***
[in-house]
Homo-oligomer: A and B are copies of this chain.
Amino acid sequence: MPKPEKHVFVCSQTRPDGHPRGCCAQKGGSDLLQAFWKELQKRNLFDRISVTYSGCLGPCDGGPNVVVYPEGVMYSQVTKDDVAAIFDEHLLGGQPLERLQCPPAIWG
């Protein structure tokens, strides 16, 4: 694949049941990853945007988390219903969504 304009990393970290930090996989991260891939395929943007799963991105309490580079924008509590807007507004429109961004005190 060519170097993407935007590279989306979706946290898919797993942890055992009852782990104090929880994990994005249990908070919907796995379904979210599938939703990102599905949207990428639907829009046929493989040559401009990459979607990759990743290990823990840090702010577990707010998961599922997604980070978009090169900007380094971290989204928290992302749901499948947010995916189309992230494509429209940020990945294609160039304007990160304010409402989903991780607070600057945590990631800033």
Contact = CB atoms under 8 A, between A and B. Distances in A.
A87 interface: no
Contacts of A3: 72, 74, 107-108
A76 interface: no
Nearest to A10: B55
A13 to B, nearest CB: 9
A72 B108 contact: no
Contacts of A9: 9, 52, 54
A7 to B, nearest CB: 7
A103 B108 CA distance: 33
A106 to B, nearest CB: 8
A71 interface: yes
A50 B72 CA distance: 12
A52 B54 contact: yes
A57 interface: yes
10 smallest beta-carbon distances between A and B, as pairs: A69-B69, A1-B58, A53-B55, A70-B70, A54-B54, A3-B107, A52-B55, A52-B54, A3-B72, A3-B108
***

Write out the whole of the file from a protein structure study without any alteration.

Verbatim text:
[in-house]
Homo-oligomer: A and B are copies of this chain.
Amino acid sequence: MPKPEKHVFVCSQTRPDGHPRGCCAQKGGSDLLQAFWKELQKRNLFDRISVTYSGCLGPCDGGPNVVVYPEGVMYSQVTKDDVAAIFDEHLLGGQPLERLQCPPAIWG
């Protein structure tokens, strides 16, 4: 694949049941990853945007988390219903969504 304009990393970290930090996989991260891939395929943007799963991105309490580079924008509590807007507004429109961004005190 060519170097993407935007590279989306979706946290898919797993942890055992009852782990104090929880994990994005249990908070919907796995379904979210599938939703990102599905949207990428639907829009046929493989040559401009990459979607990759990743290990823990840090702010577990707010998961599922997604980070978009090169900007380094971290989204928290992302749901499948947010995916189309992230494509429209940020990945294609160039304007990160304010409402989903991780607070600057945590990631800033």
Contact = CB atoms under 8 A, between A and B. Distances in A.
A87 interface: no
Contacts of A3: 72, 74, 107-108
A76 interface: no
Nearest to A10: B55
A13 to B, nearest CB: 9
A72 B108 contact: no
Contacts of A9: 9, 52, 54
A7 to B, nearest CB: 7
A103 B108 CA distance: 33
A106 to B, nearest CB: 8
A71 interface: yes
A50 B72 CA distance: 12
A52 B54 contact: yes
A57 interface: yes
10 smallest beta-carbon distances between A and B, as pairs: A69-B69, A1-B58, A53-B55, A70-B70, A54-B54, A3-B107, A52-B55, A52-B54, A3-B72, A3-B108